February half term is the ideal time to head indoors to visit a museum or gallery because the weather is likely to be poor on at least one day. I took my tween and teenage daughters to Leeds Industrial Museum at Armley Mill. It sounds a bit grim and gloomy to visit an industrial museum but we found it interesting and the girls liked it a lot. We went there after a trip to the trampoline park which rounded off a great day out.
Perched on the banks of the Aire just behind the leisure complex at Cardigan Fields, this museum is run by Leeds City Council. It took us about an hour and a quarter to go round. It’s relatively cheap entry; the cost of entry seemed to be a bit lower in reality than what they show on the website.
Machinery and Stories from the Past
We looked around the first display of machinery and tried to work out what they were all for. We found an ornate printing press and some things we couldn’t work out without reading about them. There were some hands-on things for children like buttons to press and drawers to open. In the next room we were lucky enough to see a massive spinning machine in operation. The machine was the size of a tennis court and one man was operating it as it moved back and forth across the entire floor.
We went on past cloth weaving equipment and soon found ourselves in a reconstruction of a tailor’s shop which the children took over and “ran” for a few minutes. We discovered in one display that the high street shop Burtons was started by an immigrant from Lithuania, Montague Burton. Nearby there were activities for smaller children.
Soon we came to a room with a display we all found sad and poignant, about the industrial disaster at Barnbow where dozens of women were killed in an accident at a munitions factory. Many of them left children or even died with their sisters. We paused for a family hug before moving on.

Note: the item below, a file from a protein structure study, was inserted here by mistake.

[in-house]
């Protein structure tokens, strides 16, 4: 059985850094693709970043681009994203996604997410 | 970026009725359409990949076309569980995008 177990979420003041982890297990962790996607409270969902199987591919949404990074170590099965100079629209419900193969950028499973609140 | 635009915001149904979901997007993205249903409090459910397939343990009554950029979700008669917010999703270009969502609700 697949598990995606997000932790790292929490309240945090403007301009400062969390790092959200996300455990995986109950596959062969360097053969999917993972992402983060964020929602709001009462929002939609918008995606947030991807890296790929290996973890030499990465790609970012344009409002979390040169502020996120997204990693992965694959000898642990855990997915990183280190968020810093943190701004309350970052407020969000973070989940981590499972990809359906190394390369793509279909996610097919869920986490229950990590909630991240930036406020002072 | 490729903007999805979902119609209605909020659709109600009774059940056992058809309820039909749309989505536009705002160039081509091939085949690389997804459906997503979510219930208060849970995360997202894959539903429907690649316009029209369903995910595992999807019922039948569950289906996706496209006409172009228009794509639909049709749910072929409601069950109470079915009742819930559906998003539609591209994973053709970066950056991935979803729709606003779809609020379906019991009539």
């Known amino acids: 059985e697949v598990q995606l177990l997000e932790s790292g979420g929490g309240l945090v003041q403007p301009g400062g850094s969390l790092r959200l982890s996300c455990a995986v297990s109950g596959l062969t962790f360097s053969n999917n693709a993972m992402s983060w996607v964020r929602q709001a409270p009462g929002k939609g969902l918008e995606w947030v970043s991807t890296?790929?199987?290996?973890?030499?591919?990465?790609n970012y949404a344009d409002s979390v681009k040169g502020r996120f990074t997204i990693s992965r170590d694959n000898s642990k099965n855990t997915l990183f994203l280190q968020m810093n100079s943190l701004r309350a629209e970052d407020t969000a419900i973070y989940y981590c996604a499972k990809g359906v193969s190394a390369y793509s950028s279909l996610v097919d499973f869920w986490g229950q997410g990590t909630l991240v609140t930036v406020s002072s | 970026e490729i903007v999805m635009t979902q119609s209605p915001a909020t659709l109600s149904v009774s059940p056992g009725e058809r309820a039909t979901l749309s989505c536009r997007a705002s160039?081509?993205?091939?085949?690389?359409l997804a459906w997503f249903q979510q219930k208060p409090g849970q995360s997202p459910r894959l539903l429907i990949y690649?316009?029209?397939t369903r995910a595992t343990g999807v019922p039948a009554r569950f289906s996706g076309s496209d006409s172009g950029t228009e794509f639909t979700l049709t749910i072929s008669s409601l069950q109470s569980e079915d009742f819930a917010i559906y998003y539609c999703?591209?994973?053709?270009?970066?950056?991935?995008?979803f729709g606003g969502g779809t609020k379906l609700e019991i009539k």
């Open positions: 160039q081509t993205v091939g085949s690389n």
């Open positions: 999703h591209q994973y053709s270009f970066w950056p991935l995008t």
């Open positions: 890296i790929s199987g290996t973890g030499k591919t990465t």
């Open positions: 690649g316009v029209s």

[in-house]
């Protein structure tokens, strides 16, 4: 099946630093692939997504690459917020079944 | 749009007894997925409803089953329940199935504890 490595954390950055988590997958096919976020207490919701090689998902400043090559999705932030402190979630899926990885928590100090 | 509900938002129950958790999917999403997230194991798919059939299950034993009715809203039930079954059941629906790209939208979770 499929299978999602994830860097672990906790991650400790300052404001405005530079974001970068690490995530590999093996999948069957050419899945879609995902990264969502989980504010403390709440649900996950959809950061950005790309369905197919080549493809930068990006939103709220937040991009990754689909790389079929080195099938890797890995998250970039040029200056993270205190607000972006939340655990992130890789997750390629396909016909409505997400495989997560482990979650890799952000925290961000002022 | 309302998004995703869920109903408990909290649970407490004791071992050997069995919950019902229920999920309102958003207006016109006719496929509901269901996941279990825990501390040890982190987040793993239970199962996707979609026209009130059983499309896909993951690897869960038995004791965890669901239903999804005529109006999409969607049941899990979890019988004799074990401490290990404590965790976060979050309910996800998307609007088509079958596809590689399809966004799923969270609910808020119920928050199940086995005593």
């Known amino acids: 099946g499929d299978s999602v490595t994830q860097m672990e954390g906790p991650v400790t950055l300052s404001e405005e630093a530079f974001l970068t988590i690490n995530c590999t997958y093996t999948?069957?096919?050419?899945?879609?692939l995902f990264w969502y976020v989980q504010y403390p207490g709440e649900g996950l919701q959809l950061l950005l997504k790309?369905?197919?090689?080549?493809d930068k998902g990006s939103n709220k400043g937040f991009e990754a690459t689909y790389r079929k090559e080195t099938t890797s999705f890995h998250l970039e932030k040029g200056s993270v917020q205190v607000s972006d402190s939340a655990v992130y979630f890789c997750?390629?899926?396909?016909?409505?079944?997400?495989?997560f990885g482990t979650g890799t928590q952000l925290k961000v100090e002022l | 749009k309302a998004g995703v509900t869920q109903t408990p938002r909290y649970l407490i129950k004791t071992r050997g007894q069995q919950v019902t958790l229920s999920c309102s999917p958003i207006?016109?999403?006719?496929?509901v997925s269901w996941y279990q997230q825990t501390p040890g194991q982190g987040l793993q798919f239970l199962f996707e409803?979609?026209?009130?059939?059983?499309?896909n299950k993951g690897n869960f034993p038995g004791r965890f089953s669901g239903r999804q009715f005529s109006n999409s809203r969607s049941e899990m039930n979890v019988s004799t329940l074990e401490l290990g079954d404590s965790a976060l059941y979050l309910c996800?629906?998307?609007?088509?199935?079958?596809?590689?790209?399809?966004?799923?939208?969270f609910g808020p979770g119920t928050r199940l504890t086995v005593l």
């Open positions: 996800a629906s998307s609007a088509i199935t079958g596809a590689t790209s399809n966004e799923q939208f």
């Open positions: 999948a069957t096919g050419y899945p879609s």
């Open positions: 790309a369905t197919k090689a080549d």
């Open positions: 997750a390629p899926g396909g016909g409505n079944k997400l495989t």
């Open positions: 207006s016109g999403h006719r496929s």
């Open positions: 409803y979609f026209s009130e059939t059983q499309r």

Next we attempted to solve a murder. Or was it suicide? Did Louis Le Prince really invent photography and have his invention stolen? Or was he overwhelmed by debt and take his life? We read the theories on display and took a vote; it could have been foul play. Also in the film and photography gallery there was a little spinning tub called a Zoetrope where we could see a rocking horse move as it span. I attempted a video of it. There were a few other gadgets like this and some colouring and stamping for younger children too.
Cinema, Floods and Picnics
The museum has a miniature cinema which is charming and old-fashioned. Apparently you can hire it for parties. It sits about 25 people and on the day of our visit it was showing old films of people at work.
Display rooms further on included a very thorough record of the 2015 Boxing Day floods, when the museum and Kirkstall Road area were all under deep water. Some damage is still visible – and smell-able – at lower levels. Then after a room displaying some history of fashion we were able to see steam engines, some vehicles and many stationery. Some looked quite incredible, like locomotives without wheels. One small engine was pink!
The museum tour finishes outside in a picnic area which can be accessed by footbridge from Cardigan Fields. There is a cafe inside and somehow we missed it. Also we managed to leave without visiting the gift shop, which probably saved me quite a bit of money.
Finding the Museum
A visit to the museum can be done on the same day as a visit to the Cardigan Fields leisure complex which is just a few hundred yards away over a footbridge. There is a cinema, bowling and trampoline park among other things, and also restaurants. However you would almost not know it was there, it’s just out of sight. The museum can also be accessed from the tow-path cycle route along the canal.
The great thing about visiting Armley Mill is that it is quite big with lots of rooms to move through. Even though there is a risk of children getting bored in museums sometimes, I find that if you keep moving onwards and discover new rooms, the visit goes well. Of course I’d like to go slower, but it’s an acceptable compromise!
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